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Displaying RG-15 Data On A LCD Screen

  • This example shows how to take the serialized data from the RG device and show it on a 16×2 LCD Screen.
  • Before starting this make sure you have completed the RG Serial Output tutorial.
  • Materials: Arduino, RG-15, mUSB cable, 8 connector wires (ground x2, 5v, V+, Rx, Tx, SDA, SCL), 16×2 LCD screen with IC2 Interface installed, and Breadboard.
  • Note: If using the Arduino 33 IoT nano you must jump the VUSB on back of board. See here


  1. Please install the LCD Library.
  2. In Arduino IDE go to File->Examples and find RG15Examples (near bottom).
  3. For this tutorial we will be using LCDScreen.


Arduino nano 33 IoT:

RG Connectors:
Color Arduino nano Arduino Mega Arduino UNO RG-15
Red 5v 5v 5v V+
Green Ground(4) GND GND G
Orange Rx(1) 10 2 SO
Yellow Tx(0) 11 3 SI
LCD Connectors:
Color Arduino nano Arduino Mega Arduino UNO LCD-IC2
Red 5v 5v 5v VCC
Black Ground(~4) GND GND GND
33IOTWiring Note that the RG has the same pins from the last tutorial, everything done is built upon the serial output example. Uno Diagram LCD Pinout The LCD screen requires 5v and MUST be powered by the arduino and not an external power supply as I2C requires this.


This is a follow along for the examples provided in the Hydreon Arduino library. If you just want it working and don’t need a detailed explanation, run the example after getting to this step and It will work as is. Verify it is working by comparing your screen output with the images found in the conclusion step near the bottom. The LCD screen should post clear and clean information about the RG sensor data. Using the LCD library values can easily be printed on the screen. First we need to assign the LCD address:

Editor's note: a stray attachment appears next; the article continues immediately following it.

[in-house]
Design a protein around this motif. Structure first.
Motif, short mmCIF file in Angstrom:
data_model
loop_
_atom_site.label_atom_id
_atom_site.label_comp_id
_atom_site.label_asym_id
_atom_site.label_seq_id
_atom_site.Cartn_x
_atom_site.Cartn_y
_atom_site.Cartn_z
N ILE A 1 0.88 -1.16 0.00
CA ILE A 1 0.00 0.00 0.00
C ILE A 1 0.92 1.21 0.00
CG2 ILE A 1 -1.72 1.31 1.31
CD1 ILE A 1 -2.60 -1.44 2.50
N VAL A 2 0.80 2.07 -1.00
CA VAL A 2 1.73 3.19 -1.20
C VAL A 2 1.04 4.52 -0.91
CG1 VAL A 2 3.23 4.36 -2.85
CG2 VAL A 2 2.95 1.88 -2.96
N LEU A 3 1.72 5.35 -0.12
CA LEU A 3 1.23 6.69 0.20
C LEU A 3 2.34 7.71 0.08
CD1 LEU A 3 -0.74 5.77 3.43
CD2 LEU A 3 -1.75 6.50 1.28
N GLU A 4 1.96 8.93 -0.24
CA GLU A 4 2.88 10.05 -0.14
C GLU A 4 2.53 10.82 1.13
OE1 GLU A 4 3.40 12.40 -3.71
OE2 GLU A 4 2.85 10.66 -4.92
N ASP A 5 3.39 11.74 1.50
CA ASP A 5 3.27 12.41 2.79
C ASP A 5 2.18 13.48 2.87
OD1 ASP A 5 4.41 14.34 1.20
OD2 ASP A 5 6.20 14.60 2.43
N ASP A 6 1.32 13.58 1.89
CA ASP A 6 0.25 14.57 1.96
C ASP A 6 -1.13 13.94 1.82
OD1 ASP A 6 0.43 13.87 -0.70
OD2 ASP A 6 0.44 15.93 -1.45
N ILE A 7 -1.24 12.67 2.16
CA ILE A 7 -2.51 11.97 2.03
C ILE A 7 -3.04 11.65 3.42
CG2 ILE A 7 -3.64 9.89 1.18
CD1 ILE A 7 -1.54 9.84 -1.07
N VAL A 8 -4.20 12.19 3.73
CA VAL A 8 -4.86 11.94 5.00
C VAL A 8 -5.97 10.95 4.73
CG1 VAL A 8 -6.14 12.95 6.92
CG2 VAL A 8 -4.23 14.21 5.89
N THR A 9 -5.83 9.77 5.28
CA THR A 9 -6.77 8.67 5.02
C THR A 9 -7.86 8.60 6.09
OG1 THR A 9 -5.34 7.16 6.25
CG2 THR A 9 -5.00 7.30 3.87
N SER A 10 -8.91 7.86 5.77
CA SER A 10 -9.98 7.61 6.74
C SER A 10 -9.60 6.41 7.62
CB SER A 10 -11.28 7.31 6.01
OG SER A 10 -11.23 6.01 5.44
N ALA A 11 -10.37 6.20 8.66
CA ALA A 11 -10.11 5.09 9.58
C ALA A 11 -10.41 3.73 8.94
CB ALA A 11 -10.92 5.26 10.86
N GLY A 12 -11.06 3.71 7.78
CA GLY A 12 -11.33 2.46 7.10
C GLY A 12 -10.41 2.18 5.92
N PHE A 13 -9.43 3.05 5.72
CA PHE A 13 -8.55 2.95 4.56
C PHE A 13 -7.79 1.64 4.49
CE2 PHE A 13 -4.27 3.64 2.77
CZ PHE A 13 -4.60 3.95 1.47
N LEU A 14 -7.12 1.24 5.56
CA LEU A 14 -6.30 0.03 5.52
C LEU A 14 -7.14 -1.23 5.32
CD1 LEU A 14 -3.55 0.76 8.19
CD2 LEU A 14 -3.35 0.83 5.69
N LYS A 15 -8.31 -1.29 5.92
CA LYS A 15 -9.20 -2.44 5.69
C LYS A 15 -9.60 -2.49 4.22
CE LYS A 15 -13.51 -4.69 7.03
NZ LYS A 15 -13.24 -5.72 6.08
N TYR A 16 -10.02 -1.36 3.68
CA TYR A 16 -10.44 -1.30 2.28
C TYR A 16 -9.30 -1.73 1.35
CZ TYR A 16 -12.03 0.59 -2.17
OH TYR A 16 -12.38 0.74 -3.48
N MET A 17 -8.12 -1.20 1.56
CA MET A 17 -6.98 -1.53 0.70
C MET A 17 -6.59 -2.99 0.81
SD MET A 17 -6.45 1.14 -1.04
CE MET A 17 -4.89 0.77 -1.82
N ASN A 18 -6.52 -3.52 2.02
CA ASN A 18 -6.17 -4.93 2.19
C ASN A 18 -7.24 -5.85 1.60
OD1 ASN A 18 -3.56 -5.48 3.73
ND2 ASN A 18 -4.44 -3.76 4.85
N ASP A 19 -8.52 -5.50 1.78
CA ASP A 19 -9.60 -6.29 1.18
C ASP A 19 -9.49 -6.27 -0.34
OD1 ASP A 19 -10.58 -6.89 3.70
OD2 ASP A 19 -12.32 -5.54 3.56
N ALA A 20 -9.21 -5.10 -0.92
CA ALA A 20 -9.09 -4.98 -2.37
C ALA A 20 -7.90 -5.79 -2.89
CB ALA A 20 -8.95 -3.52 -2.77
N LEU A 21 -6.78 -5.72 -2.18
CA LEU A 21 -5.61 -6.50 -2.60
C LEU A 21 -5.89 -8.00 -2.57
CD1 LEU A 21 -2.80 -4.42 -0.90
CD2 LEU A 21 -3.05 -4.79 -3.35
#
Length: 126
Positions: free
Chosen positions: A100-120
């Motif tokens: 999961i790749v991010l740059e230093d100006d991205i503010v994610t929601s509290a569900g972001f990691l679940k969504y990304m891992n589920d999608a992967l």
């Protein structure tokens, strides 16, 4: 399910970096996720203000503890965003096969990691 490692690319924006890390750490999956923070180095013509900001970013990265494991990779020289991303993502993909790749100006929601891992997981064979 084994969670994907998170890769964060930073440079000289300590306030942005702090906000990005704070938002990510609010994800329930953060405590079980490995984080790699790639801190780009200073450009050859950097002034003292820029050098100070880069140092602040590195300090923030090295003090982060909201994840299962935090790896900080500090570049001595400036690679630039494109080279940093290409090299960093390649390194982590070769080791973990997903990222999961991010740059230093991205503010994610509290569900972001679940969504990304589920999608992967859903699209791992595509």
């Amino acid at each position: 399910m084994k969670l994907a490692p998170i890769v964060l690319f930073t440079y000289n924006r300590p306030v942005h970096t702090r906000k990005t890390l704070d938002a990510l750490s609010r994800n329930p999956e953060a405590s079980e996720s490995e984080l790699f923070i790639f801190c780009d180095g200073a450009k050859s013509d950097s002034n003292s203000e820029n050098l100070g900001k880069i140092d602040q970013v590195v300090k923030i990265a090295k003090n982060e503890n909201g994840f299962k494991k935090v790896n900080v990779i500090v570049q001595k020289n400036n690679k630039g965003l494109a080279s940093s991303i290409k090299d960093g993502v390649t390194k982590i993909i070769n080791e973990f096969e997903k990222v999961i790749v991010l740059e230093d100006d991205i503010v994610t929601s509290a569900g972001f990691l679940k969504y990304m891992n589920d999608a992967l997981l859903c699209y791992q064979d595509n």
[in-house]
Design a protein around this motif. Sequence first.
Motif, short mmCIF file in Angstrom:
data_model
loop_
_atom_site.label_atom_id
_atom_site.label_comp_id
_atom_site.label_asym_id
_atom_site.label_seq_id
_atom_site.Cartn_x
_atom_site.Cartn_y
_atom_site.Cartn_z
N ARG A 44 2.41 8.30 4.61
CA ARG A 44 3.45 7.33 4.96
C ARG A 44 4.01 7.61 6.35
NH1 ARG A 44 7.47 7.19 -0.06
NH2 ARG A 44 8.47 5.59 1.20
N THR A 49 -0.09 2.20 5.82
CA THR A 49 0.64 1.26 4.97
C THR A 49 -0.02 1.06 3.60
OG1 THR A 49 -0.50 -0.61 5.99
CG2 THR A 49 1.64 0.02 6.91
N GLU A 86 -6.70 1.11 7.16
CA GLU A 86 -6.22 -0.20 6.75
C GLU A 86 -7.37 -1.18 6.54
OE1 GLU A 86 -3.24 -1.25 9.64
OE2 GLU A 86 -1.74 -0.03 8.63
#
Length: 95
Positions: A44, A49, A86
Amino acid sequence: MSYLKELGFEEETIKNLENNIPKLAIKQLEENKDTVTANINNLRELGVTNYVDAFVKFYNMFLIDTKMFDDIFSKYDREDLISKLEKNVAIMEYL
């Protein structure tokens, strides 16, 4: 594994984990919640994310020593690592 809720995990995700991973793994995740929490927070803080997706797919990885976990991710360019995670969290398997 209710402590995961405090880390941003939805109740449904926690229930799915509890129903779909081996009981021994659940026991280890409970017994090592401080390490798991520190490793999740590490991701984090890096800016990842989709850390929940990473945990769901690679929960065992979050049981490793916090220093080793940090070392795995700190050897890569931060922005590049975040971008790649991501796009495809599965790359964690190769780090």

LiquidCrystal_I2C lcd(0x27, 16, 2);

This line represents a 16×2 LCD screen on address 0x27 Note: If 0x27 does not work for you, please try finding your IC2 address by scanning using this. Remember if you switch address off of 0x27 you must wire your arduino differently then the tutorial. The next step is to initialize the LCD screen:
void setup() {


The above code is pretty simple, initialize LCD screen and then set the stream for the RG-15. createChar() is also in setup and will look confusing right now but it will be explained later. Lets take apart the loop:
void loop() {
      if(rg15.eventAcc > 0) {
	      display("Event" , rg15.eventAcc, true);
	      //Accumulation since last pole display.
	      //Only shown if it is greater then 0.
	      if(rg15.acc > 0) {
	          lcd.print(rg15.acc * 1000, 0); 

      //IPH display

      delay(5000); //wait a bit before changing screens.

The LCD screen will have two screens:
  1. Displays total accumulation and an icon of the current weather
  2. Displays Event Accumulation, IPH, and Accumulation since last read.
The code above is for the second screen. If event accumulation gets detected then a rain event is present and we then display in order:
  1. Event Accumulation.
  2. If rg15.acc is present(accumulation since last poll) then we display in bottom left.